If you have ever listened to a story and laughed, cried, learned or wanted to know more about the storyteller, then you experienced a humanities moment.
The humanities – the study of literature, history, art, music, philosophy and other fields – document, examine and celebrate human experience through stories about cultural heritage, history, community, religion and shared struggles and achievements. They enable us to better understand ourselves, our world and each other.
A tiny percentage of tax dollars – 0.003 percent of the federal budget – goes to the public humanities. Some may ask why so little support, while others ask why any at all? Given the pressing needs of our nation, both are fair questions.
The answer dates to 1965 when President Lyndon Johnson signed the National Foundation on the Arts and the Humanities Act into law, establishing the National Endowment for the Humanities, or NEH. The bill was the culmination of a movement calling for the government to invest in American culture, just as it had with science and medical research.
The idea was to make the humanities accessible to every American, not just those who could afford admission to a museum, lecture or concert, or travel to another state or country. It was built on the notion that a part of tax dollars might be reasonably spent giving voice to people who were sometimes not heard or seen, while also opening to everyone those windows of experience that lead to knowledge.
Making the humanities accessible is an example of a government initiative working as intended. Today, NEH-funded events and programs reach more than 5,300 rural, suburban and urban communities annually. In 2016, more than 40 million people attended some public humanities event, and some 120 million participated virtually.
Part of NEH funding goes to programming at the grassroots level through affiliated state humanities councils such as the North Carolina Humanities Council, a private, nonprofit organization. For more than 40 years, the council has delivered public humanities programming and provided grants to local organizations in towns large and small, in every congressional district, in every corner of our state.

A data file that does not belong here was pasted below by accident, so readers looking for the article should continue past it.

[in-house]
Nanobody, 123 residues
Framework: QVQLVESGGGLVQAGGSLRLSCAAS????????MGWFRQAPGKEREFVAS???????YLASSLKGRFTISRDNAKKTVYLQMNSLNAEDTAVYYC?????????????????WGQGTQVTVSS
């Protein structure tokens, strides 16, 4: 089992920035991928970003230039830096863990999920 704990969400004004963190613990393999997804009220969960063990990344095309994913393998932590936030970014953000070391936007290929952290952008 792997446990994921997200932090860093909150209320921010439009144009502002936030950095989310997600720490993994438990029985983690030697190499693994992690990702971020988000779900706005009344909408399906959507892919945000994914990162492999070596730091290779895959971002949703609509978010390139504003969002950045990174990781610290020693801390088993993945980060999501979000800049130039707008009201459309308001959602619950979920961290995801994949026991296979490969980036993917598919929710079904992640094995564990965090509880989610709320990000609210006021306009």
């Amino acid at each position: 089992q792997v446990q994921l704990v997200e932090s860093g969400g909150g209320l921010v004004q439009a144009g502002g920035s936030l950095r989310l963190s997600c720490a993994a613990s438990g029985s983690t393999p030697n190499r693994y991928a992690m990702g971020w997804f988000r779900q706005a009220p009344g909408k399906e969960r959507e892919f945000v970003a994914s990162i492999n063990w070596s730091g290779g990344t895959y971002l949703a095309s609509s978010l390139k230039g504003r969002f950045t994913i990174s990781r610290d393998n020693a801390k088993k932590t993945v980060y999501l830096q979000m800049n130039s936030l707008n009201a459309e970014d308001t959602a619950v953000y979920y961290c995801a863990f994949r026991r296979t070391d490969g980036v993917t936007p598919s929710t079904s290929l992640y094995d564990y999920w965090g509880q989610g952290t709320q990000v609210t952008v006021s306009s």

The council makes the lives of North Carolinians better by providing opportunities to learn about history and culture. It works with local museums, libraries, K-12 schools, universities, senior centers, churches, social service agencies, corporations, small town businesses and state tourism offices. Every tax dollar spent for these initiatives has successfully leveraged funding from other sources, increasing the impact of the public investment in the public humanities.
Recent programs examined scientific revelations in literature, the later years of Robert E. Lee, the Holocaust through the eyes of a survivor, and poetry and writings of slaves. Another initiative enabled military veterans in North Carolina to acclimate to life after their service to the country by writing and sharing their stories in discussion groups. Residents in rural communities had access to traveling exhibits such as “The Way We Worked,” created by the Smithsonian Institution in Washington, D.C. Still another innovative program enabled doctors to hone their skills as care providers by studying literature together.
All these offerings and more were made possible through the work of council staff and financial support from the NEH. However, this proven record of public benefit is in jeopardy. The Trump administration has proposed the elimination of NEH as part of its draft budget to Congress, which would have a devastating effect on the work of the North Carolina Humanities Council. By any measure, the NEH and the council have delivered tremendous return on investment for taxpayers and are worthy of continued public support.
Claiborne Pell, a U.S senator who co-sponsored the legislation creating the NEH, described the public humanities as vital to “the full growth of a truly great society.” More than 50 years later, this vision is no less vital and may be even more essential.
In a divided state and nation, insights from the humanities can be critical in finding common ground. The humanities can be the means by which we move from shouting at one another to having a conversation, which then, we can hope, would lead to an understanding of divergent perspectives.
We must maintain the small but important commitment to the humanities in order to sustain a vision of keeping America great. I hope someday we will be discussing an increase to this commitment rather than its elimination.
Mark O. Costley is the chair of the board of trustees of the North Carolina Humanities Council. He is an attorney in Durham.